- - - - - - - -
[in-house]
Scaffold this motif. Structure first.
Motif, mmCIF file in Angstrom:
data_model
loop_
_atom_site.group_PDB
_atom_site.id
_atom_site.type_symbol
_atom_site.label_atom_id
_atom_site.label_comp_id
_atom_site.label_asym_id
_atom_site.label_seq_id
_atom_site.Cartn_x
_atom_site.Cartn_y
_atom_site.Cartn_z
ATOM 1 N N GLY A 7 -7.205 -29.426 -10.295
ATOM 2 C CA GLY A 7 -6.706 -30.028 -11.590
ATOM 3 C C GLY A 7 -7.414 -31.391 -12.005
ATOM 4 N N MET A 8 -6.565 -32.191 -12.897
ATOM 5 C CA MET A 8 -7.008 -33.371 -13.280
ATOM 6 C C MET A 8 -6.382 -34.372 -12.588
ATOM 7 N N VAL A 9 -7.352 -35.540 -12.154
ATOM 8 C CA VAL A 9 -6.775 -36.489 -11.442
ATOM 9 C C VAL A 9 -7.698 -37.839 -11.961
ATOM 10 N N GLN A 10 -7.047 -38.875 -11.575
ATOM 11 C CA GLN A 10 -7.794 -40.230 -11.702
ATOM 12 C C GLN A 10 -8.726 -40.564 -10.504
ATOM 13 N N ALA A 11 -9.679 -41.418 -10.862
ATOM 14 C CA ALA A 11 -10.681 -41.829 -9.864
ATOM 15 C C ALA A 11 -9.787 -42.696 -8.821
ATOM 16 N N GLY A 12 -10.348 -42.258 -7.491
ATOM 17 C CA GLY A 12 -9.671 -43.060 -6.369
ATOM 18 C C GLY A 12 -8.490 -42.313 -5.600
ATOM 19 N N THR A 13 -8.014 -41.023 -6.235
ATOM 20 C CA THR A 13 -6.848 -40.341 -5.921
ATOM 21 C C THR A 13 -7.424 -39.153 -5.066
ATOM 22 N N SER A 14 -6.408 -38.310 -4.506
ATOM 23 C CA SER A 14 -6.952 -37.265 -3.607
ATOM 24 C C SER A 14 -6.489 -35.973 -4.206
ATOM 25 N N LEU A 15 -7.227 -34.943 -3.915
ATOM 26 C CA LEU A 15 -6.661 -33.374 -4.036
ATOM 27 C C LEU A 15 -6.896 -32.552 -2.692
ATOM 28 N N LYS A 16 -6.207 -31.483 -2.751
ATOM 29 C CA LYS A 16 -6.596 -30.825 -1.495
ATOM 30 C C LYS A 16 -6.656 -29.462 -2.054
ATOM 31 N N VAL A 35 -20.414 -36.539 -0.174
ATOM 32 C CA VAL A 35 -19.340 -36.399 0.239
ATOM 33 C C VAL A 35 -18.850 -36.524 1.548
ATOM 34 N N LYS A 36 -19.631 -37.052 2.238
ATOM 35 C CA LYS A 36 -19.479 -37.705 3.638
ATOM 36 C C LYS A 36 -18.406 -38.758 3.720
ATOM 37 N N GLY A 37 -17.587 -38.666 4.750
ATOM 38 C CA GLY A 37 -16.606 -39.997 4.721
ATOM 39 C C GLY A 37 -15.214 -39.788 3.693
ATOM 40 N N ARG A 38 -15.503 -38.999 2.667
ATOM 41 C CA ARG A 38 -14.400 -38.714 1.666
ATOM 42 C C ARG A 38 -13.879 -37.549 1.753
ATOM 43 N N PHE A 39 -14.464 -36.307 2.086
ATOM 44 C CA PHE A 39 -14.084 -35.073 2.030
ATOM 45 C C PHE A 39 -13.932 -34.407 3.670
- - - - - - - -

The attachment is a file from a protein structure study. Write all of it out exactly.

[in-house]
Scaffold this motif. Structure first.
Motif, mmCIF file in Angstrom:
data_model
loop_
_atom_site.group_PDB
_atom_site.id
_atom_site.type_symbol
_atom_site.label_atom_id
_atom_site.label_comp_id
_atom_site.label_asym_id
_atom_site.label_seq_id
_atom_site.Cartn_x
_atom_site.Cartn_y
_atom_site.Cartn_z
ATOM 1 N N GLY A 7 -7.205 -29.426 -10.295
ATOM 2 C CA GLY A 7 -6.706 -30.028 -11.590
ATOM 3 C C GLY A 7 -7.414 -31.391 -12.005
ATOM 4 N N MET A 8 -6.565 -32.191 -12.897
ATOM 5 C CA MET A 8 -7.008 -33.371 -13.280
ATOM 6 C C MET A 8 -6.382 -34.372 -12.588
ATOM 7 N N VAL A 9 -7.352 -35.540 -12.154
ATOM 8 C CA VAL A 9 -6.775 -36.489 -11.442
ATOM 9 C C VAL A 9 -7.698 -37.839 -11.961
ATOM 10 N N GLN A 10 -7.047 -38.875 -11.575
ATOM 11 C CA GLN A 10 -7.794 -40.230 -11.702
ATOM 12 C C GLN A 10 -8.726 -40.564 -10.504
ATOM 13 N N ALA A 11 -9.679 -41.418 -10.862
ATOM 14 C CA ALA A 11 -10.681 -41.829 -9.864
ATOM 15 C C ALA A 11 -9.787 -42.696 -8.821
ATOM 16 N N GLY A 12 -10.348 -42.258 -7.491
ATOM 17 C CA GLY A 12 -9.671 -43.060 -6.369
ATOM 18 C C GLY A 12 -8.490 -42.313 -5.600
ATOM 19 N N THR A 13 -8.014 -41.023 -6.235
ATOM 20 C CA THR A 13 -6.848 -40.341 -5.921
ATOM 21 C C THR A 13 -7.424 -39.153 -5.066
ATOM 22 N N SER A 14 -6.408 -38.310 -4.506
ATOM 23 C CA SER A 14 -6.952 -37.265 -3.607
ATOM 24 C C SER A 14 -6.489 -35.973 -4.206
ATOM 25 N N LEU A 15 -7.227 -34.943 -3.915
ATOM 26 C CA LEU A 15 -6.661 -33.374 -4.036
ATOM 27 C C LEU A 15 -6.896 -32.552 -2.692
ATOM 28 N N LYS A 16 -6.207 -31.483 -2.751
ATOM 29 C CA LYS A 16 -6.596 -30.825 -1.495
ATOM 30 C C LYS A 16 -6.656 -29.462 -2.054
ATOM 31 N N VAL A 35 -20.414 -36.539 -0.174
ATOM 32 C CA VAL A 35 -19.340 -36.399 0.239
ATOM 33 C C VAL A 35 -18.850 -36.524 1.548
ATOM 34 N N LYS A 36 -19.631 -37.052 2.238
ATOM 35 C CA LYS A 36 -19.479 -37.705 3.638
ATOM 36 C C LYS A 36 -18.406 -38.758 3.720
ATOM 37 N N GLY A 37 -17.587 -38.666 4.750
ATOM 38 C CA GLY A 37 -16.606 -39.997 4.721
ATOM 39 C C GLY A 37 -15.214 -39.788 3.693
ATOM 40 N N ARG A 38 -15.503 -38.999 2.667
ATOM 41 C CA ARG A 38 -14.400 -38.714 1.666
ATOM 42 C C ARG A 38 -13.879 -37.549 1.753
ATOM 43 N N PHE A 39 -14.464 -36.307 2.086
ATOM 44 C CA PHE A 39 -14.084 -35.073 2.030
ATOM 45 C C PHE A 39 -13.932 -34.407 3.670